My last name happens to be Barefoot and it’s probably not too surprising, for those reading this article, that going barefoot to practice yoga felt very natural for me. Over time I began to understand the feeling I remembered from childhood is what yogis call “grounding” or pulling in prana; really feeling the presence of the earth through the soles of my feet, up to the palms of my hands, filling my cup and creating an abundance of prana within.
Have you ever felt the earth beneath your feet – I mean really felt it? Have you taken your shoes off and felt the cold soil or spread your toes wide to really feel the surface of your yoga mat? What I remember most about my childhood is the freedom of going barefoot — of playing without shoes and exploring wide-open spaces with my hands and feet. Although I have grown up, there is still a bit of this child in the way I practice yoga. My yoga mat may not physically be a wide-open space, but still… it gives me the chance to explore its textured surface on my skin with child-like delight.
Perhaps you too have felt this connection with the earth moving into your practice. In my teaching style, the seasons often play a vital role in the sequences I use. On warm days, I may notice that my students seem more limber, but often feel tired by the end of the day; and on cooler days, I get requests to open the shoulders where we’ve cinched tension around the neck. And as we move through Spring, I create intense internal heat with long, slow movements, taking the time to linger and find ease within the movement. Spring is often the perfect time to take your yoga outdoors to bask in the sun or enjoy a nice shaded spot. Or forget your mat altogether and leap into nature as your yoga mat. I’ve rested my back against boulders in tadasana, connecting with the mountain. The options are endless – imagine yourself in bidalasana, alternating between cat and cow poses. Or you could rise into tree pose, while reaching out and resting your palm on a tree’s trunk. Connecting with your natural setting is grounding and playful, and with practice, often meditative.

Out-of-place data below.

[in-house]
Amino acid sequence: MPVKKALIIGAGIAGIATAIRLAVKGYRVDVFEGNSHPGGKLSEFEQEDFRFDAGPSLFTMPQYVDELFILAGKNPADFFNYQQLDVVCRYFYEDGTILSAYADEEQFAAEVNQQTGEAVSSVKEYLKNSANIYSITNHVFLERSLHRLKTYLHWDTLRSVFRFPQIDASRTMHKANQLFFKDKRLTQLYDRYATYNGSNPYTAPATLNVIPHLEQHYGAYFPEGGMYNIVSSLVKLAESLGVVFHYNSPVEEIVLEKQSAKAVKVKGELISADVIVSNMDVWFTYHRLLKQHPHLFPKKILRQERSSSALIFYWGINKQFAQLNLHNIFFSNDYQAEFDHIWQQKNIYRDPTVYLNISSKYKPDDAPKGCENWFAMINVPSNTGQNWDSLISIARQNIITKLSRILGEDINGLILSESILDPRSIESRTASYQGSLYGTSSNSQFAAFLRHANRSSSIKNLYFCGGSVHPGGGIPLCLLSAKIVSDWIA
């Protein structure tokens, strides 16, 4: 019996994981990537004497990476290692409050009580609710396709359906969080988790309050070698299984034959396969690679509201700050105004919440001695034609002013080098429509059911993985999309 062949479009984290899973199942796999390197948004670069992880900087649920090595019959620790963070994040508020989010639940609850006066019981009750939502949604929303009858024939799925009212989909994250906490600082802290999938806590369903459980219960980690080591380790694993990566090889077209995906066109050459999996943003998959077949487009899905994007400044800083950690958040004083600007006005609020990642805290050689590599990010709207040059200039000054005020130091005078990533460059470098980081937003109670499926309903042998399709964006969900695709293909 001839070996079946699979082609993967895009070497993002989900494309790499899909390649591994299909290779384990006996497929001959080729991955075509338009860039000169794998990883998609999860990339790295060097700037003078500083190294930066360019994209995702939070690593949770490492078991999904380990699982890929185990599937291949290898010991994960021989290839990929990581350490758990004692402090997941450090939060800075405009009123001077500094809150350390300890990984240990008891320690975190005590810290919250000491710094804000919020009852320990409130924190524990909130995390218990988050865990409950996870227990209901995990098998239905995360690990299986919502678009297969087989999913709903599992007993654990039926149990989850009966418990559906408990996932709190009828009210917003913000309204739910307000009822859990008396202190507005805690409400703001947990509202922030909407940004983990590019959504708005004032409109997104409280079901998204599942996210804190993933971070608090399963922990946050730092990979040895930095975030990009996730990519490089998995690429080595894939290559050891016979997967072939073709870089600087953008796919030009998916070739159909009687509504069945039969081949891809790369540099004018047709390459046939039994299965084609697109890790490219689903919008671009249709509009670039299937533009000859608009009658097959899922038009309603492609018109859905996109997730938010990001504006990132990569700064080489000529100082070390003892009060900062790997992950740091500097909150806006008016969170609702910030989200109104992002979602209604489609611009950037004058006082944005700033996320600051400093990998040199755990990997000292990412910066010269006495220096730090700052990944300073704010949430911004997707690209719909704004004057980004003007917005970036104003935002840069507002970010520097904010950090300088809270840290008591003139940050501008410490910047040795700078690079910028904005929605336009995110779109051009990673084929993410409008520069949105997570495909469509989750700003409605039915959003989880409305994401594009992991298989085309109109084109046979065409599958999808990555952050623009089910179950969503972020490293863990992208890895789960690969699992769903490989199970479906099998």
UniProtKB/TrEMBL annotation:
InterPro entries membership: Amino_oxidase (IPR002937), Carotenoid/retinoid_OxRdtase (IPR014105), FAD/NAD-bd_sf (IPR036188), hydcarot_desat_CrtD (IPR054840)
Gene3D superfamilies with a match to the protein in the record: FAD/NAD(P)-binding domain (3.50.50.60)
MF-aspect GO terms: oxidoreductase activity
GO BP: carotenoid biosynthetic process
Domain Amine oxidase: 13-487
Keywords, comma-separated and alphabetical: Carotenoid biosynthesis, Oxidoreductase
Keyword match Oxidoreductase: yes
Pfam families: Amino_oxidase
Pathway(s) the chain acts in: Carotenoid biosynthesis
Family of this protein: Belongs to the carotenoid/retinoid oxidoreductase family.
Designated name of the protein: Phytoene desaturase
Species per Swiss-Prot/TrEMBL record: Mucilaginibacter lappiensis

If you would rather practice meditation instead of yoga outdoors, you can still practice outside and connect with nature. You can sit at the base of a tree and use the canvas of your mind to grow upward like the tree. Feel your roots growing down into the soil from the base of your spine. Expanding our consciousness, we dive deeper within our own connection to nature.
May Day approaches, and with it, spring, marked by the ancient celebration of Beltane. The season is a chance to invite abundance, growth and increase into your life. I invite you to roll your mat outdoors this May 1st, to explore your connection to Mother Earth and draw on the seasons as you expand your yoga lifestyle. I invite you also to play like a child and have fun in the process.
Beginning your yoga practice or want to learn more? Check out 14 Tips for Beginning Your Yoga Practice (also great if you’re checking out yoga or want to reinvigorate a resting (ahem) practice.
Interested in learning more about programs at the Art of Living Retreat Center? Check out our annual catalog here.